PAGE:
Women in Contemporary Hebrew Fiction
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This book is the first to systematically examine the representation of women by mainstream Hebrew authors from the Palmah Generation to the New Wave. Fuchs' unique analytical method exposes the male-centered bias which often inspires the works of such prominent and widely translated authors as S. Yizhar, Moshe Shamir, A. B. Yehoshua and Amos Oz. She exposes both the continuities and the transformations in the literary representations of women and explains them in innovative ways, grounded in aesthetic, social, political, and cultural conditions and ideologies.
The bold and unexpected discoveries offered by this book illuminate the complex ways in which Israel's political predicaments, for example, affect the representation of women, as well as the various ways in which Israeli literature uses female images to express the anxiety and frustration arising from these predicaments. This pioneering study will be invaluable to feminist literary critics, scholars, and teachers and students of modern Hebrew literature.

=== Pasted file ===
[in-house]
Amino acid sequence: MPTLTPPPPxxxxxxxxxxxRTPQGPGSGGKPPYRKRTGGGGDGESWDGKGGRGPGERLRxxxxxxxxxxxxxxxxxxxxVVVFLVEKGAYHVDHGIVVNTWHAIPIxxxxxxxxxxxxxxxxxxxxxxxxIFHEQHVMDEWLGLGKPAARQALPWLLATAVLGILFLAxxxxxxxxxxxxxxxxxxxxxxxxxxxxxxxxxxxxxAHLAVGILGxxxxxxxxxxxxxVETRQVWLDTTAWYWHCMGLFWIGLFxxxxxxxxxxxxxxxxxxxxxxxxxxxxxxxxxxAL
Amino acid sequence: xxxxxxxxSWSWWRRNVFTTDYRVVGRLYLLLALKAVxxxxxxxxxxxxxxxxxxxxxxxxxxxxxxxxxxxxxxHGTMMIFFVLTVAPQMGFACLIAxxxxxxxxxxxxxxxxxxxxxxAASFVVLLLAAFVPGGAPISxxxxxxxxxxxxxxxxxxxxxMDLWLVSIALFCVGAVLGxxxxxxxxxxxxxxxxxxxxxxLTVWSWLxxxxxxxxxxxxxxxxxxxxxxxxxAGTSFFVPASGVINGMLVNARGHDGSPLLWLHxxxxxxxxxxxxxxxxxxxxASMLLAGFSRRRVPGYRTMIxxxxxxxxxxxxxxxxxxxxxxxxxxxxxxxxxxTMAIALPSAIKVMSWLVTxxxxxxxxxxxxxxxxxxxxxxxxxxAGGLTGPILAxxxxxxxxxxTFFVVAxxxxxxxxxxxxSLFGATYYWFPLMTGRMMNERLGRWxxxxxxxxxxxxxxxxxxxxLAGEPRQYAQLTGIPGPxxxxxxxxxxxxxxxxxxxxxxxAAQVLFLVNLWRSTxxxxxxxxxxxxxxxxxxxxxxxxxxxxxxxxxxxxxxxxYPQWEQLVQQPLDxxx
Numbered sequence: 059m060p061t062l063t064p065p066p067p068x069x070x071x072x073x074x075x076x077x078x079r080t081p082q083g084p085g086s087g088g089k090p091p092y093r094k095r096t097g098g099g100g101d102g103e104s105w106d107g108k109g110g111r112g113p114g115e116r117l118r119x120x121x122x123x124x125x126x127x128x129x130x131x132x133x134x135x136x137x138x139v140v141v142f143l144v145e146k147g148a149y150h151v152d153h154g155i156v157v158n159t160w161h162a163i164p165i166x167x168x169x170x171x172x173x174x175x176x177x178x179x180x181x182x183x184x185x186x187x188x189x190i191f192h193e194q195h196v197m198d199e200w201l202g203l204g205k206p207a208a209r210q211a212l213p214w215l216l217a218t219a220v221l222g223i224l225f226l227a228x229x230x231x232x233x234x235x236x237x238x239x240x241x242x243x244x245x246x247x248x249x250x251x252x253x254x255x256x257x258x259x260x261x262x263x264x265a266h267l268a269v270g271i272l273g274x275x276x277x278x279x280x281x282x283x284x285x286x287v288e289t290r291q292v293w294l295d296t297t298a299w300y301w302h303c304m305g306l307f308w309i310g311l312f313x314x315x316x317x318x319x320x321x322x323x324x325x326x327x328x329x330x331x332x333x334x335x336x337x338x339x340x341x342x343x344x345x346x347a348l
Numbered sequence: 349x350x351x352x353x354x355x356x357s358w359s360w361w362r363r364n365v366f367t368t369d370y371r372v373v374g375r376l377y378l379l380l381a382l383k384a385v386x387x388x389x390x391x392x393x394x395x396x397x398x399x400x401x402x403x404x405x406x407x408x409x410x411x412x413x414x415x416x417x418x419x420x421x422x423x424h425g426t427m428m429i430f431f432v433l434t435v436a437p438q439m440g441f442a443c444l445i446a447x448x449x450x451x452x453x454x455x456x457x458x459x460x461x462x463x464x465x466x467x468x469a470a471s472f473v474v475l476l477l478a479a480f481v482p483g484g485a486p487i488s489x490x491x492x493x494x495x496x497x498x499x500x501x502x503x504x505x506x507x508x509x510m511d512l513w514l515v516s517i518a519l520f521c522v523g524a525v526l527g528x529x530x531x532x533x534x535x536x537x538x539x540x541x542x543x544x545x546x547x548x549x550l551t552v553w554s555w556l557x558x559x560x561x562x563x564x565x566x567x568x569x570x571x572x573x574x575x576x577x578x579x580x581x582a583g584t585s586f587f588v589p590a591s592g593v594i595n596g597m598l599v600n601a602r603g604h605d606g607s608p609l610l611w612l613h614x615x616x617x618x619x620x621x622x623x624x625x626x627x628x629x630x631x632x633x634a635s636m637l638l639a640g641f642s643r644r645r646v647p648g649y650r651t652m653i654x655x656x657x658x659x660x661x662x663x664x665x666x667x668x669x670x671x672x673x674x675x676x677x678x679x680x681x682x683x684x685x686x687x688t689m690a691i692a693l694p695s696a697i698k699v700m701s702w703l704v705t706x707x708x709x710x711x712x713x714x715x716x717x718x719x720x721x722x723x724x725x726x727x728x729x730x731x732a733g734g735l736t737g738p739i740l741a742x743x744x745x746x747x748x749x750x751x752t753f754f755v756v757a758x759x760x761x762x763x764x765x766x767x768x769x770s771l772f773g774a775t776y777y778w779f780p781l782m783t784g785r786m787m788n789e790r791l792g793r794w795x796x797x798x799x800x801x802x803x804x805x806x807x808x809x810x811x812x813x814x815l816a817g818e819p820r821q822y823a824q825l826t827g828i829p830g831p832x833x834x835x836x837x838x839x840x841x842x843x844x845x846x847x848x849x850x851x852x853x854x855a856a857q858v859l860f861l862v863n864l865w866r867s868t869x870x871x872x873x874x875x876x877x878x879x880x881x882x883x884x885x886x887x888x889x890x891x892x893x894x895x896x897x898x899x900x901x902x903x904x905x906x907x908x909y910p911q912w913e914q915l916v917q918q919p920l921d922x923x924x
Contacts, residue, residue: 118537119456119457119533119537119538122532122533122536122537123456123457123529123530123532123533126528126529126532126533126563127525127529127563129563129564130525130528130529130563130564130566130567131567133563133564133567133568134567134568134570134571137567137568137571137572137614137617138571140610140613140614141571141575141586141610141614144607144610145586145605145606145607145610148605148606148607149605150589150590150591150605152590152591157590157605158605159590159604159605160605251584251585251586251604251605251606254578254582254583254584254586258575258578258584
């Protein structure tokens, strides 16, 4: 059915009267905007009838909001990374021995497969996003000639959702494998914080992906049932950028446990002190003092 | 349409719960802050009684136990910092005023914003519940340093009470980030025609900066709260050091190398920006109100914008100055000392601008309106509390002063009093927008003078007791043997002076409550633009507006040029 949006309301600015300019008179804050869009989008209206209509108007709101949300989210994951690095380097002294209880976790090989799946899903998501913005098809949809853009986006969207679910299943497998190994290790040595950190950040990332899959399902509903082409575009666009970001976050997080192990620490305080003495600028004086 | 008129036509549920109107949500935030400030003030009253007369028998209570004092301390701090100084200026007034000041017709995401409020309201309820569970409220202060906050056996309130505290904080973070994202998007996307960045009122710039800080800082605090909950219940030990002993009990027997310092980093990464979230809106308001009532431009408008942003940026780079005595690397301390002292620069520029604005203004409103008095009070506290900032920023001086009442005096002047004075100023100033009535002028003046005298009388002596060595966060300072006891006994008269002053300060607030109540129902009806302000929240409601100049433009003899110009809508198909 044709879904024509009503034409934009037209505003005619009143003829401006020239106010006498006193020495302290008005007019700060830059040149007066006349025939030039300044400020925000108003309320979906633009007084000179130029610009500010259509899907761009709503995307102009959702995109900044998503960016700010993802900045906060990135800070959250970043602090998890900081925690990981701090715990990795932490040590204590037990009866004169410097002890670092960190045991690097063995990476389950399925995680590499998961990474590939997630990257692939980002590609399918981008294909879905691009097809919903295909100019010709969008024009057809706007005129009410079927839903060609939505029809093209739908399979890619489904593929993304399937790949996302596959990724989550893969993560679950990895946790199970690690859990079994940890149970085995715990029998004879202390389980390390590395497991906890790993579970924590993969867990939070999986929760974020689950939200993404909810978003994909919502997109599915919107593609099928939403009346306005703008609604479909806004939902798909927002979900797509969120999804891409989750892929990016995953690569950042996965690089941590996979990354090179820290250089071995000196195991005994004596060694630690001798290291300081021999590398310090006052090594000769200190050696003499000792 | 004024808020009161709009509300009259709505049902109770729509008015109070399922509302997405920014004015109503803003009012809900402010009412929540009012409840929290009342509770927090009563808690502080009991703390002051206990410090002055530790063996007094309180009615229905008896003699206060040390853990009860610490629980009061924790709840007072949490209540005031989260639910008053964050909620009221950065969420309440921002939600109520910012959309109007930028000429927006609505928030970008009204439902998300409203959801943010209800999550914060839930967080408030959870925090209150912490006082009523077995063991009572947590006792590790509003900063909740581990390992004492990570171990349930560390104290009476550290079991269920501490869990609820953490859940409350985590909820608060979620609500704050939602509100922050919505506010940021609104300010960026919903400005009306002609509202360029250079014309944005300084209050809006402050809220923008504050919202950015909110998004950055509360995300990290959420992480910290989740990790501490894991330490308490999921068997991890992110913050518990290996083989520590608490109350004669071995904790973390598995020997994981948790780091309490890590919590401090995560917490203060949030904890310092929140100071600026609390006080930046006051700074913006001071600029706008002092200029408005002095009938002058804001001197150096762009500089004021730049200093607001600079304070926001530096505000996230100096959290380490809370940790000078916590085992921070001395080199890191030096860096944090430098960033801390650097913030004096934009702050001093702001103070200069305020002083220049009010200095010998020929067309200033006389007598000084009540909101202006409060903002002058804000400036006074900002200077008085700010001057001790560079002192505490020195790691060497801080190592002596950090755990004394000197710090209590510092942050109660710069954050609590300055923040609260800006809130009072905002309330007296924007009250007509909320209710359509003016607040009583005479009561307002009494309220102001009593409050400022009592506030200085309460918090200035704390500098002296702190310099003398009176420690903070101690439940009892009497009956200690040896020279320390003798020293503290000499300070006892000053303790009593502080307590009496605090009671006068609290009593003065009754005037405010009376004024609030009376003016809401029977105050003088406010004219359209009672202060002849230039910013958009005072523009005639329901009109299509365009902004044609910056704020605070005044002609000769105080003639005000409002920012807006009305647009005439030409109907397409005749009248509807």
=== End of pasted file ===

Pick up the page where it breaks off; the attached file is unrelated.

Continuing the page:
Esther Fuchs is Associate Professor of Hebrew Language and Literature in the Department of Oriental Studies at the University of Arizona, Tuscon.
"What I like most about this book is the new perspective on the subject. The topic is indeed central to the study of modern Hebrew literature because it supplies a perspective that is absent in contemporary criticism of Israeli fiction, demonstrates a serious imbalance in fiction and criticism alike, and presents a challenge to which writers and critics must respond. " — Miri Amihai, Cornell University